When VOX asks gender studies scientist Marijke Naezer – affiliated with the RU as an external researcher – about this, she opens a map titled ‘Hate’ on her computer. ‘Yes, I save things like this. I always think: “I should take some sort of action.” Here: on Twitter, I’ve been added to the list ‘attention-seeking whore or crazy’. I got a private message on LinkedIn: ‘Ah, a gender case, have you got a pecker or are you an extremal girl?’ I have no idea what he means, but it sounds like a query about my genitals. When I confronted him, he did indeed say something else about penis size. I stopped responding then.
This was also a tough one. I had spoken out on the radio about harassment in the academic world: “This is a bit wrong, but Marijke Naezer looks like she might enjoy a bit of abuse.”’
Naezer finds mansplaining, reactions from laypeople (‘Almost always men’) who take it upon themselves to explain things to her, particularly annoying. One anonymous female researcher experiences the same: ‘I’m very often accused of not knowing what I’m talking about, of not understanding the matter. Those messages are always from men.’ The scientist recently spoke out about those kinds of messages in a small-scale interview for a magazine and a male alumnus from Radboud University subsequently emailed her to say there was something wrong with her IQ.*
‘That really surprises me,’ she says. ‘Why go to the trouble to do that? Still, a part of me was quite glad about it: I forwarded it to the dean to point out that it wasn’t necessarily about this message but that I wanted to demonstrate that this kind of thing really happens.’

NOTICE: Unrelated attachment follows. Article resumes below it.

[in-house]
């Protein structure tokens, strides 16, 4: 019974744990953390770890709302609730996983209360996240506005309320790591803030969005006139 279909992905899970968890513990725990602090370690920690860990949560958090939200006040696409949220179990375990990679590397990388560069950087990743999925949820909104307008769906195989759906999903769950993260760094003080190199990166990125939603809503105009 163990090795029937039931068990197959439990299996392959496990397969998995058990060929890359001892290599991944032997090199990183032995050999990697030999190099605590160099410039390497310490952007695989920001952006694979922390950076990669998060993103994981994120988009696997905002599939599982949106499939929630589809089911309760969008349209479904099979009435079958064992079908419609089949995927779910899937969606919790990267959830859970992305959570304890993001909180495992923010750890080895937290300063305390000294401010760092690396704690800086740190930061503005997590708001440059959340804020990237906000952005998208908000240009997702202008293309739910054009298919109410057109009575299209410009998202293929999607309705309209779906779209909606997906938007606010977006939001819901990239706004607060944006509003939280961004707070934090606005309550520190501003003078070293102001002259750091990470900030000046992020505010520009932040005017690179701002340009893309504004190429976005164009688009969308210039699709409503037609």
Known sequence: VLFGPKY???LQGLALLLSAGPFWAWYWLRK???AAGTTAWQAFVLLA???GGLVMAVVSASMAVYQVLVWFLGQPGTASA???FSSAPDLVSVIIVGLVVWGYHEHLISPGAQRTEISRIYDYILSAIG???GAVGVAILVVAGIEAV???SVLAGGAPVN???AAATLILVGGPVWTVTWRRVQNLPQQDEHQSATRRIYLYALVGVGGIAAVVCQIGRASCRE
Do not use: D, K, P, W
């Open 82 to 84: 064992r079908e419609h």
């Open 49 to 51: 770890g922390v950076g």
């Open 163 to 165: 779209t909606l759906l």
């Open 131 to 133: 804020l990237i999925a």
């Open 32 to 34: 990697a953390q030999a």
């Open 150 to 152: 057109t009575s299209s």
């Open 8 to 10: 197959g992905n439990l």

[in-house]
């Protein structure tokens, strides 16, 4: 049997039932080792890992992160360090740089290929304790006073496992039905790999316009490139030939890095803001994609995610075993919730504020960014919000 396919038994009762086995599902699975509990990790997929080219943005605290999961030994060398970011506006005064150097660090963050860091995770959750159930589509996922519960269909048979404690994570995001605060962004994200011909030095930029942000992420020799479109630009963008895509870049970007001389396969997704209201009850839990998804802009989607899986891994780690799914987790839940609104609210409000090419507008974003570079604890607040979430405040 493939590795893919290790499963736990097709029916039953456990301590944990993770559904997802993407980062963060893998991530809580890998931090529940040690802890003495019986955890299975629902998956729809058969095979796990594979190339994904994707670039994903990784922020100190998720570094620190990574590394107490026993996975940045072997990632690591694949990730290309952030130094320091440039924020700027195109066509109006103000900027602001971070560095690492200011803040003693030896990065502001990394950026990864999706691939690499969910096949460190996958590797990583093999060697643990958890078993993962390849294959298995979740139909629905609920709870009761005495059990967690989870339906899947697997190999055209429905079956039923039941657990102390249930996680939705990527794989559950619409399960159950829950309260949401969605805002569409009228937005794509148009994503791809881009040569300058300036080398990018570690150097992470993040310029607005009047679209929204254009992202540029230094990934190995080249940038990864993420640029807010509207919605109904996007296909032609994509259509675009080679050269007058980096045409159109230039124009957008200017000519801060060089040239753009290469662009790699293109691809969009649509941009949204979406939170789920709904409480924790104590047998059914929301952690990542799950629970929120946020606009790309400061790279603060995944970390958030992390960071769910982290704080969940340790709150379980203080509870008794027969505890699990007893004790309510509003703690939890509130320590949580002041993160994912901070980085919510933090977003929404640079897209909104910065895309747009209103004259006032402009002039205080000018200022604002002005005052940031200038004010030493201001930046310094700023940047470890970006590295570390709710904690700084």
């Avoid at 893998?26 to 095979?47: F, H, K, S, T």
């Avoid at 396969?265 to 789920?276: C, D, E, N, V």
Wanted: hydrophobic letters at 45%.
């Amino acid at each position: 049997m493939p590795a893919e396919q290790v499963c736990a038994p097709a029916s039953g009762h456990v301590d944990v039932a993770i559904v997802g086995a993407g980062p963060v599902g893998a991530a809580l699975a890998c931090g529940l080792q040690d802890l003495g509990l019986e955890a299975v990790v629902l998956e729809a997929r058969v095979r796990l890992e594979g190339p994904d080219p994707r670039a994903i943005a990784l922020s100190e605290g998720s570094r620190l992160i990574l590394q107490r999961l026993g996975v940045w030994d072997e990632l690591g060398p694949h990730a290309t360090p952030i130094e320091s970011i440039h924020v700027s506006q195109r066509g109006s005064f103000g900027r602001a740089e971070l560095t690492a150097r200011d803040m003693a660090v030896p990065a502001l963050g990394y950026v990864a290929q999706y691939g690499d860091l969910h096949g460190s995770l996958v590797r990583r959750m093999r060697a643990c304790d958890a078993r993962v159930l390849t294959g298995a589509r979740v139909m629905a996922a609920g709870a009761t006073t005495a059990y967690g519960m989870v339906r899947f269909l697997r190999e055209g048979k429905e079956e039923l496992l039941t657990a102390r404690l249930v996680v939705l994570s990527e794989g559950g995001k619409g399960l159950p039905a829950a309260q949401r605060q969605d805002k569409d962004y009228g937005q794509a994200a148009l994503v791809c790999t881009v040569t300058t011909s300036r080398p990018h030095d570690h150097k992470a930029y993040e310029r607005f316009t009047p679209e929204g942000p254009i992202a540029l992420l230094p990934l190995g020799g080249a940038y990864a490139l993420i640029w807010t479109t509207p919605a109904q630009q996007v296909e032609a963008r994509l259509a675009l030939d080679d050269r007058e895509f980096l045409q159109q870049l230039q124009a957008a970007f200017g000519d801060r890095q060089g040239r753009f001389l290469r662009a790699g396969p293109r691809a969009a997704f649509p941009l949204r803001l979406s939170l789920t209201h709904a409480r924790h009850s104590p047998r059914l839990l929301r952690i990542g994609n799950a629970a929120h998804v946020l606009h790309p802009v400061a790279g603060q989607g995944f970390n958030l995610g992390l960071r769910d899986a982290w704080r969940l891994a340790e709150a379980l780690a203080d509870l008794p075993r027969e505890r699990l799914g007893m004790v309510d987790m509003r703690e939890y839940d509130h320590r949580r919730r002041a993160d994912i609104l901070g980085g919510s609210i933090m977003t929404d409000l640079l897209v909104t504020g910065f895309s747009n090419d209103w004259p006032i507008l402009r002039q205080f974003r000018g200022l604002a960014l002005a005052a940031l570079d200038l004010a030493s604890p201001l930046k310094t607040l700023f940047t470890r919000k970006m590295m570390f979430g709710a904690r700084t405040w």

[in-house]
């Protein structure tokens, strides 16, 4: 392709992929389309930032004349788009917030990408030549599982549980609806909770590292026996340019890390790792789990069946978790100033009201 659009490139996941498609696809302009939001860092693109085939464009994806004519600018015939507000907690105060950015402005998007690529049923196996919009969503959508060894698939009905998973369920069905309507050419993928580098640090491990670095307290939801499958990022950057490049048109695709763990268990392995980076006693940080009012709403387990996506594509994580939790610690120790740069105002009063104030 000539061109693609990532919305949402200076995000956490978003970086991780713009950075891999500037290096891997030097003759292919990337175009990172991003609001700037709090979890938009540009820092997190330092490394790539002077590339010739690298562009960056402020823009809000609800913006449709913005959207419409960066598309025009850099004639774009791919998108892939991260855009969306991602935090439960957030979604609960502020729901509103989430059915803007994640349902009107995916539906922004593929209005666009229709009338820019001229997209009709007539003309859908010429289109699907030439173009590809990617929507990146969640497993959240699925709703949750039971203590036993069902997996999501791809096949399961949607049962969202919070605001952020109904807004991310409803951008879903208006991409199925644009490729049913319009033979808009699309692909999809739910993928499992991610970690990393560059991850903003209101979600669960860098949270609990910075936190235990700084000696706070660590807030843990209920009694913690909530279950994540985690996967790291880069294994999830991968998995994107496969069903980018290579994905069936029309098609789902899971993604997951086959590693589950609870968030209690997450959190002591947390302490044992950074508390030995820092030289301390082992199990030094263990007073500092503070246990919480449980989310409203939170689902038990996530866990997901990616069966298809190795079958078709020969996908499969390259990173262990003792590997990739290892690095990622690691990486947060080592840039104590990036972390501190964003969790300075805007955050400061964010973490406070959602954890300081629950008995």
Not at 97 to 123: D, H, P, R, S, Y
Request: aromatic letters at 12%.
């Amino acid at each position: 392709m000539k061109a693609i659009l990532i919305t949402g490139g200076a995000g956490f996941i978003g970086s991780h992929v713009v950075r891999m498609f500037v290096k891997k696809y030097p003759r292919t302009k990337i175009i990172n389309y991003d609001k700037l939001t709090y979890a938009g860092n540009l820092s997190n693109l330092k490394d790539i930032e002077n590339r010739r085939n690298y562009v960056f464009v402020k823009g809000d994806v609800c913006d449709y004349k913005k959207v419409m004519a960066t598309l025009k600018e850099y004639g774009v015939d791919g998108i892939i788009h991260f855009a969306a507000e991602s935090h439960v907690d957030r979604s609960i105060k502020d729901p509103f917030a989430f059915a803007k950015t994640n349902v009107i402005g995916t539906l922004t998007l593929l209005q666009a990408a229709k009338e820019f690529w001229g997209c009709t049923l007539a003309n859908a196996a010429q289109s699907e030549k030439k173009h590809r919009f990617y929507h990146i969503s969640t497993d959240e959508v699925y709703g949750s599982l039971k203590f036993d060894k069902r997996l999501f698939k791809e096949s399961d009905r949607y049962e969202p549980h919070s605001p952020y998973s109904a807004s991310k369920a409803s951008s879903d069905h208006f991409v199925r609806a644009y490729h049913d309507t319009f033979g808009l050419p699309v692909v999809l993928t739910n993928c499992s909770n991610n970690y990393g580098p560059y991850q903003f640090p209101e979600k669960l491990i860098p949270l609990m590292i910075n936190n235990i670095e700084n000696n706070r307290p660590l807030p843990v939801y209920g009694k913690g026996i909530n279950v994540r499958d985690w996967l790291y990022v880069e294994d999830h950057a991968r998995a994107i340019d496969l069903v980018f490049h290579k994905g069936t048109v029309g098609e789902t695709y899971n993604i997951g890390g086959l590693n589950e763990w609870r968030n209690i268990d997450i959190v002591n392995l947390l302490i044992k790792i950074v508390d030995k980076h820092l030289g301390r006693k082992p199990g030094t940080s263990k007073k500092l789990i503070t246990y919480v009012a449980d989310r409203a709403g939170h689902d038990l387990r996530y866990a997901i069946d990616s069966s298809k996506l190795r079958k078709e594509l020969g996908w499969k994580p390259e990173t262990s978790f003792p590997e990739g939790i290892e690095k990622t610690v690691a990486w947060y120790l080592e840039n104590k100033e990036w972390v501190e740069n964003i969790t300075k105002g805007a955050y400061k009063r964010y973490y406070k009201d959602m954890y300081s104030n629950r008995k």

For most of the scientists VOX spoke with, the danger of the reactions is distraction. Threats are really bothersome, and above all forbidden, but they occur much less frequently than hateful, derogatory or sexist messages. Naezer: ‘People say “Just let it go, ignore it.” But you might compare it to a whole lot of pinpricks. Thousands of little pricks together form quite a slap in your face.’ ‘If you receive too many nasty messages in a day, your sleep definitely suffers,’ says Helsloot. ‘As a rational being, you know how little it means, but you’re only human.’
‘As a scientist, you have one thing, and that’s your mind,’ says the anonymous female scientist. ‘You spend every day trying to explore complex theoretical concepts. You have to be able to think properly and that requires a certain degree of peace. This is so distracting that I am no longer able to do my work properly, it just comes at you. For me, it’s never relevant, never constructive, it’s always destructive.’